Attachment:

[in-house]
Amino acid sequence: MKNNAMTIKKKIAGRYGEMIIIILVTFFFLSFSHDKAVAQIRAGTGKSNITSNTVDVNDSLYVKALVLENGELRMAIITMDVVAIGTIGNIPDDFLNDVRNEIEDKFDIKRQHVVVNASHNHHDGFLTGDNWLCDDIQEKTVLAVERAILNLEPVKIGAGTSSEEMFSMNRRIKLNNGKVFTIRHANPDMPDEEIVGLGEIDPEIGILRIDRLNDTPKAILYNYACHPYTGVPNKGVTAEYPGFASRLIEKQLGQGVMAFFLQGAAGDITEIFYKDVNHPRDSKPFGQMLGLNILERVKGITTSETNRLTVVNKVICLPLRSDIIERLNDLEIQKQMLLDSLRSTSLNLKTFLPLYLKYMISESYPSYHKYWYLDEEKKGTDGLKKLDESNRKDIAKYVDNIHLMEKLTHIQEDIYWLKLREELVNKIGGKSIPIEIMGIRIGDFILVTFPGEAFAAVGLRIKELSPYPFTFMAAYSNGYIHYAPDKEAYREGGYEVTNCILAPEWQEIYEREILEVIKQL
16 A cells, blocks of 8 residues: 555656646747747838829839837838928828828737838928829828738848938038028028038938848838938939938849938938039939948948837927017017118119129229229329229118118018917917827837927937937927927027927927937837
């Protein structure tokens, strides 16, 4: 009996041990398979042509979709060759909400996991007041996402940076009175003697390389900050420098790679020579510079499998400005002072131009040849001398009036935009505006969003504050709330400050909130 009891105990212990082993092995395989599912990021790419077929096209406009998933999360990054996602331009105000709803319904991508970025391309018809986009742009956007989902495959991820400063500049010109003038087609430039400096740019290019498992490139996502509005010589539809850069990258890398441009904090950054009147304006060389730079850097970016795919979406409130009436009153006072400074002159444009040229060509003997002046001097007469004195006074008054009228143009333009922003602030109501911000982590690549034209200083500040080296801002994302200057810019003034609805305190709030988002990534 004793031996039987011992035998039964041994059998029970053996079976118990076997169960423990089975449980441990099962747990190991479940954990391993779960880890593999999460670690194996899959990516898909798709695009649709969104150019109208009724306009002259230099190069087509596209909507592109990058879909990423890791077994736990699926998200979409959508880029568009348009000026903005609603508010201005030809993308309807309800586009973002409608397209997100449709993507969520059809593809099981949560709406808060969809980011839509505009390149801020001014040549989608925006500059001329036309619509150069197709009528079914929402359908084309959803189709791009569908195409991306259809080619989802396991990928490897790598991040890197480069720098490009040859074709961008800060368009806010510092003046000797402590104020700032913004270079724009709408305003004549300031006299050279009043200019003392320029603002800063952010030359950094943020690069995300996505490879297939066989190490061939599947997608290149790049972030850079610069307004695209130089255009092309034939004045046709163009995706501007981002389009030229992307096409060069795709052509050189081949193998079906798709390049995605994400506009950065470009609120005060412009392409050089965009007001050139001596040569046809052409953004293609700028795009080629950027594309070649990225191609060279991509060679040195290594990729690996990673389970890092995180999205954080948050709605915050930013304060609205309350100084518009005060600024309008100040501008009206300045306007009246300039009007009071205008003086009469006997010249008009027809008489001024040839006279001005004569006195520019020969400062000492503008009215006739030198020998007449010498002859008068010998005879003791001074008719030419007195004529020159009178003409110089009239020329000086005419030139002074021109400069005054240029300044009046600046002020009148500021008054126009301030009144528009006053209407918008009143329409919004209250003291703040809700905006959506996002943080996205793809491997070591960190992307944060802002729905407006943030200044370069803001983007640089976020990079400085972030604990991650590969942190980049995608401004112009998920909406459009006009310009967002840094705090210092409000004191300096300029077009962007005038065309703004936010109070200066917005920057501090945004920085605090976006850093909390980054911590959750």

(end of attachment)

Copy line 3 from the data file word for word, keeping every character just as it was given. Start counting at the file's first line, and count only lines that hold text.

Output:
16 A cells, blocks of 8 residues: 555656646747747838829839837838928828828737838928829828738848938038028028038938848838938939938849938938039939948948837927017017118119129229229329229118118018917917827837927937937927927027927927937837